- do not include original message
- include original message
- save to folder
- move to folder
- copy to folder
- set auto-expiration date

Message Attachment (file)
- open
- save as
- add to Message
- delete from Message

Message Template
- instantiate, use to create message
- copy
- select as default

Private Message Template
- create
- modify/edit
- name, rename
- delete

Custom Headers
- add to Template
- edit in Template
- delete from Template

Public Message Template

Message Template List
- display, browse
- search
- edit
- select Template from

Message Signature
- create
- copy
- edit
- delete
- use in message

Message Folder
- open
- close
- search
- sort
- copy

Private Message Folder
- set attributes, set options
- set content auto-expiration date
- set display options

User-defined Message Folder
- create (at top level or in another folder)
- name, rename
- delete
- move

Built-in Message Folder (does not inherit delete, name, rename, create)

- retrieve new mail

Deleted, Wastebasket
- empty


Drafts (messages in preparation, not ready for sending)


Shared Message Folder (everyone with access may manage)

Public Message Folder (created by admin; anyone can read, only owner can change)

Folder List, Folder Hierarchy
- display, browse
- sort
- set attributes, set options
- set display format

- use as Message recipient
- find (in list or directory)

User Login Name, User ID





User Public Alias

Public Distribution List

User Private Alias
- create
- edit address
- name, rename
- delete

Private Distribution List
- create
- edit list content
- add addresses
- delete addresses
- revise addresses
- name, rename
- delete

Email Directory
- display, browse
- search

Public, Enterprise-Wide, Directory

Directory Item
- create
- mailto

Private, Personal Address Book
- create
- delete
- copy
- add address
- delete address

Address Book Item
- create
- delete
- edit
- mailto

Open Conceptual Design Issues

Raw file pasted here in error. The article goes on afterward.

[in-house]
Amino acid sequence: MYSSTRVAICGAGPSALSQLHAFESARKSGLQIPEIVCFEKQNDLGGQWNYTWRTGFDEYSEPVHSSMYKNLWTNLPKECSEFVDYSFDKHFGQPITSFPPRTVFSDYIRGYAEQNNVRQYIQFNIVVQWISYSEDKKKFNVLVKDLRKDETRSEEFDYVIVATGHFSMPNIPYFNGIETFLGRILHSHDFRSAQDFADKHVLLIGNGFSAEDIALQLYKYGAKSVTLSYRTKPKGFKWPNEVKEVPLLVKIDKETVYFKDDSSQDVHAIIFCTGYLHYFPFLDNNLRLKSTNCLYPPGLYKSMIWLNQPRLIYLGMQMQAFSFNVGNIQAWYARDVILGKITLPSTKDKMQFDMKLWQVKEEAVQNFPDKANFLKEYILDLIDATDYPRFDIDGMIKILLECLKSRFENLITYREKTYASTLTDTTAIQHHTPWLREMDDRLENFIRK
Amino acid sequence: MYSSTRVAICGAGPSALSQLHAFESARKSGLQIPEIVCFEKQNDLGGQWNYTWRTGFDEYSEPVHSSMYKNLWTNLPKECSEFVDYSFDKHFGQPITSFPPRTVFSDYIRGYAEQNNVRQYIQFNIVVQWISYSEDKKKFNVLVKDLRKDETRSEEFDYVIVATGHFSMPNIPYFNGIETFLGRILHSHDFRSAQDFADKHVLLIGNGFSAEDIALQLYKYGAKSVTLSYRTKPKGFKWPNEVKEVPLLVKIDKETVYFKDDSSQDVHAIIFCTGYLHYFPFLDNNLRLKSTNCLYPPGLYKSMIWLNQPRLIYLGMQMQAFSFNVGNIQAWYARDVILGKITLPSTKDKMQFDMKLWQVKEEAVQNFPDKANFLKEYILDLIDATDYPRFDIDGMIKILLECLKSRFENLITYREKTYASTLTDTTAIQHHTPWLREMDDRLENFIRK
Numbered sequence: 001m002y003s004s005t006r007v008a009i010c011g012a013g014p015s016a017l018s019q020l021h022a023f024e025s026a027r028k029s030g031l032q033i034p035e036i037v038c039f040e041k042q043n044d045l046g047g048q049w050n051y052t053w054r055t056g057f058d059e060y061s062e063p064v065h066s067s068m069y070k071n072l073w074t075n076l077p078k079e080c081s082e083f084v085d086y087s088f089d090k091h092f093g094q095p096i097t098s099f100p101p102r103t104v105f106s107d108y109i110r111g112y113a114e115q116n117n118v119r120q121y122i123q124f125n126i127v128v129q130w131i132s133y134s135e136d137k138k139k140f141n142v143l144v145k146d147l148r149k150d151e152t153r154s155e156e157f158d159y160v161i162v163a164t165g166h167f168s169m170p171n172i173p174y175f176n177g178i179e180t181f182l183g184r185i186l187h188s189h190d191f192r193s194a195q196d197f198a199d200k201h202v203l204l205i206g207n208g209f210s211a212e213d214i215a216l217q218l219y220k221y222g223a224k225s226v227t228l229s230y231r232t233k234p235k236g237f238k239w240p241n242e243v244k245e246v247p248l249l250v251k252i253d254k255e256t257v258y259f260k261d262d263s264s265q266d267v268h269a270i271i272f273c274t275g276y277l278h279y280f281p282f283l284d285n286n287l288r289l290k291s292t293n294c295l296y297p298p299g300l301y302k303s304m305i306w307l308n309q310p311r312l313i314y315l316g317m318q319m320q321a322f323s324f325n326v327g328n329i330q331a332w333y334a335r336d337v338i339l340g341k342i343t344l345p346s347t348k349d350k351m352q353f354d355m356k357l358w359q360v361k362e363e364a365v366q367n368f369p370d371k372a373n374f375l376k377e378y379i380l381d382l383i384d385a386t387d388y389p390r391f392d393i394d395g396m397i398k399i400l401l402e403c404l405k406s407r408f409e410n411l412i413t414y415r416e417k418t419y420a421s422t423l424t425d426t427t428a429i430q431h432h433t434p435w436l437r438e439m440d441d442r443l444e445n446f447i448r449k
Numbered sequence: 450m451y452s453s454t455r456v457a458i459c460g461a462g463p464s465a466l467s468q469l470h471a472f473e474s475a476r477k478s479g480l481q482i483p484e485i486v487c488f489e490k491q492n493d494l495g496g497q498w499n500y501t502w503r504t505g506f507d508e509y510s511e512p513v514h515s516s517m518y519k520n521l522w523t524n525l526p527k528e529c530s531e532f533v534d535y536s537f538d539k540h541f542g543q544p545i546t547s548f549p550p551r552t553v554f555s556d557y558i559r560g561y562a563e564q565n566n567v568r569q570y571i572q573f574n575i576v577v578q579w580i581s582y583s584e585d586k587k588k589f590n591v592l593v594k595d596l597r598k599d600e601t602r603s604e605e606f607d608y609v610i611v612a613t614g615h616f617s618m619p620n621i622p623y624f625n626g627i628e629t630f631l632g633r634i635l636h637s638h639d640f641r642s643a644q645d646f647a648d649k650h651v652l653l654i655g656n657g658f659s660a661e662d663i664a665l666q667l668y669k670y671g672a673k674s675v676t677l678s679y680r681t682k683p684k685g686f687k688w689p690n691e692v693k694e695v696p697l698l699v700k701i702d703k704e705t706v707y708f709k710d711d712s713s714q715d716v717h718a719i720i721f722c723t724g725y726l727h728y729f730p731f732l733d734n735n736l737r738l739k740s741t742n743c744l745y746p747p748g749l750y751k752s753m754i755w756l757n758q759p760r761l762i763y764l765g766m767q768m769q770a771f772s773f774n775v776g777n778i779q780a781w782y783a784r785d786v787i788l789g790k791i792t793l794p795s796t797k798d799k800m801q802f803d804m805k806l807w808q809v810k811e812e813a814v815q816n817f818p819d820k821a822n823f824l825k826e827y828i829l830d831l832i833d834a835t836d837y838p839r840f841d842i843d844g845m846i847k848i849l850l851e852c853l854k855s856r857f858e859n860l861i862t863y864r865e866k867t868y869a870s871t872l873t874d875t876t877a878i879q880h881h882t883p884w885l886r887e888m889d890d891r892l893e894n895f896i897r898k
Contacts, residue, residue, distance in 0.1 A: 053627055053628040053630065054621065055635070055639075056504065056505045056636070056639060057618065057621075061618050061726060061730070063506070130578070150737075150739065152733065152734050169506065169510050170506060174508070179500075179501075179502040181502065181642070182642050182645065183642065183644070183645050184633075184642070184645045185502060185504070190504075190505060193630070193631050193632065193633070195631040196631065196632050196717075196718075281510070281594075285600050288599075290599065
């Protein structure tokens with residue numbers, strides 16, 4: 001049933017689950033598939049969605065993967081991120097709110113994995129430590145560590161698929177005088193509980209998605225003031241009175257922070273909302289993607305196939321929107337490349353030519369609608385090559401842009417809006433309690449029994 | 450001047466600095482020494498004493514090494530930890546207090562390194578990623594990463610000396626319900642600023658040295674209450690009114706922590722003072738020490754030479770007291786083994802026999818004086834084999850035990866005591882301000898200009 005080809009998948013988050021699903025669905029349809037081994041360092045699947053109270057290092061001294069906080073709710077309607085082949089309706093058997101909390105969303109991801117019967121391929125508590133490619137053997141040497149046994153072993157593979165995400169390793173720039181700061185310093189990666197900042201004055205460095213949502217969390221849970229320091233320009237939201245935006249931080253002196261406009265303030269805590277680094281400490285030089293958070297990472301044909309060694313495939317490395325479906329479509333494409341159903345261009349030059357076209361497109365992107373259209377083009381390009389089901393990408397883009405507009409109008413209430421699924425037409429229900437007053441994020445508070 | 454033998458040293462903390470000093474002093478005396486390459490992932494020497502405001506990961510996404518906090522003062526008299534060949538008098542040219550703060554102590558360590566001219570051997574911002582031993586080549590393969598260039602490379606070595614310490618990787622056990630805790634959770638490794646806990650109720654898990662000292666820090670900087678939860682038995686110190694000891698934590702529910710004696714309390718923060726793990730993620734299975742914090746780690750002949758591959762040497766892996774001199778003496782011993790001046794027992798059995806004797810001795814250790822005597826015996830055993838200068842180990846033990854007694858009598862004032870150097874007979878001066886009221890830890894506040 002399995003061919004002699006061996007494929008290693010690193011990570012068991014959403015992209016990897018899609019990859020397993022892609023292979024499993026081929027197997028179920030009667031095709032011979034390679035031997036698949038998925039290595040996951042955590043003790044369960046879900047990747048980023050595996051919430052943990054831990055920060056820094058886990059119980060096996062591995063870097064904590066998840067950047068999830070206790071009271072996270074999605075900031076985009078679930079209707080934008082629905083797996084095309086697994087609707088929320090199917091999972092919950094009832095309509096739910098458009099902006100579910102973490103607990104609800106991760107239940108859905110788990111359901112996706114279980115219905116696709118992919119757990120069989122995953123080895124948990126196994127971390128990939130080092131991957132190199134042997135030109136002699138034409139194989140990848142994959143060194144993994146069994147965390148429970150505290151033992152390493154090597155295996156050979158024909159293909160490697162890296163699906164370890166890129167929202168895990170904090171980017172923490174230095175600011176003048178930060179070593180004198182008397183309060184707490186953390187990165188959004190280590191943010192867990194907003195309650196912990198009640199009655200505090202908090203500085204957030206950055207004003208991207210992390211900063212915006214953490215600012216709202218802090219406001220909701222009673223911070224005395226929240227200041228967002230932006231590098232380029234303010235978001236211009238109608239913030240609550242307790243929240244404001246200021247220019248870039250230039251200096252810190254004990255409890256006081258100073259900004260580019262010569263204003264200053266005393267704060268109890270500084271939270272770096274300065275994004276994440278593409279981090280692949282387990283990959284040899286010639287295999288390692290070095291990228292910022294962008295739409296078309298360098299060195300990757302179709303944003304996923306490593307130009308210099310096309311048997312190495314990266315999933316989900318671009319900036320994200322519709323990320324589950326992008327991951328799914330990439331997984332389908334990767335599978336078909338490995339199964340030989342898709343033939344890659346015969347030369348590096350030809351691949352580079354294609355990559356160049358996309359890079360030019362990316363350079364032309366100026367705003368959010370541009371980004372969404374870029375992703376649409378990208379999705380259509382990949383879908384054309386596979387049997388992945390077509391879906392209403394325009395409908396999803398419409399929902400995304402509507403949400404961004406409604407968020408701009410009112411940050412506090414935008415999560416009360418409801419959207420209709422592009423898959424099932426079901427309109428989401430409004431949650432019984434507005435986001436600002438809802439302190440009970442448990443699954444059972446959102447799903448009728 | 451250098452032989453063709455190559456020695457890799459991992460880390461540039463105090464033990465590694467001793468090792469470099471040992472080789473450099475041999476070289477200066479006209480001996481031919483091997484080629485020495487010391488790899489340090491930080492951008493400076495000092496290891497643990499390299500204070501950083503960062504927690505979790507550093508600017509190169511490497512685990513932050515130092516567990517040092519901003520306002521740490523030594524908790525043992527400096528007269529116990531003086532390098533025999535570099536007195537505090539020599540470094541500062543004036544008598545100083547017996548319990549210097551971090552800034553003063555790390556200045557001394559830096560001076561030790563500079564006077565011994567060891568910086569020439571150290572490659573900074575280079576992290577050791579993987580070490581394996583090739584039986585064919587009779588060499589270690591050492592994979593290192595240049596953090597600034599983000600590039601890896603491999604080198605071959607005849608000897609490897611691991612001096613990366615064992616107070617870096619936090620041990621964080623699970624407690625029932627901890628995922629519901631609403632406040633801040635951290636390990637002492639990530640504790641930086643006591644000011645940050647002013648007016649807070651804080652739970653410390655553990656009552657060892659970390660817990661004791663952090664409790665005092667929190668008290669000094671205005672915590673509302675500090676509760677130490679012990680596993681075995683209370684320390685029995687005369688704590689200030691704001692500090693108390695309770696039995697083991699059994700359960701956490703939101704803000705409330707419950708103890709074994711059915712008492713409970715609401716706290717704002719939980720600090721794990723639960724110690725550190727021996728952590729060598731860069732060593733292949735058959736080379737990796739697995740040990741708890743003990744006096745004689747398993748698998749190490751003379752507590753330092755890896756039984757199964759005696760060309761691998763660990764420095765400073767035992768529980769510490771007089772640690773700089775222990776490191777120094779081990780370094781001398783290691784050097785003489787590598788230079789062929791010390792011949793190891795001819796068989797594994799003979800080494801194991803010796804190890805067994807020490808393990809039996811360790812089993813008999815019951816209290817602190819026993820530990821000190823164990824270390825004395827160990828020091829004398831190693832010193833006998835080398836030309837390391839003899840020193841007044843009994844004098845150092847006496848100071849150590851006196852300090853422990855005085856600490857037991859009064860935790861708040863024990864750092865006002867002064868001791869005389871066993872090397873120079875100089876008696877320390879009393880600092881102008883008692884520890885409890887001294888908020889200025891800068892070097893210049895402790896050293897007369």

The document ends with an enumeration of unresolved (open) conceptual design issues. [Back to Top]

  1. Issue: Is Retrieve Messages an action on the application as a whole or just on the InBox and MyPage folderviews?
  2. A distinction between Private Alias and Private Distribution List is not really needed, because Private Alias can provide the functionality of both. That is, the only difference between Private Aliases and Private Distribution Lists is in the number of email-addresses that the assigned-name translates into: Private Aliases have one address, while Private Distribution Lists may have multiple addresses. Why not reduce the number of concepts by using the approach used in Eudora, in which a user may assign a nickname to one or more email addresses?
  3. Deferred delivery messages should, in the long run, be integrated with the calendar, rather than being a special email function. It should be possible to schedule an event that sends an email message to any desired address (including lists) at a specified time, e.g., a person who is going on vacation could set up a recurring event that sends a message to a co-worker reminding him to water his office plants.
  4. Is automatic mail routing and rule-based filing of messages associated with the Messaging application as a whole or only with the InBasket?
  5. Is a MeetingInvitation concept needed in Messaging, given that Calendar already includes meeting invitations? Might users confuse the two?
  6. Is the Address Book related to the Buddy List on My Page? If so, how?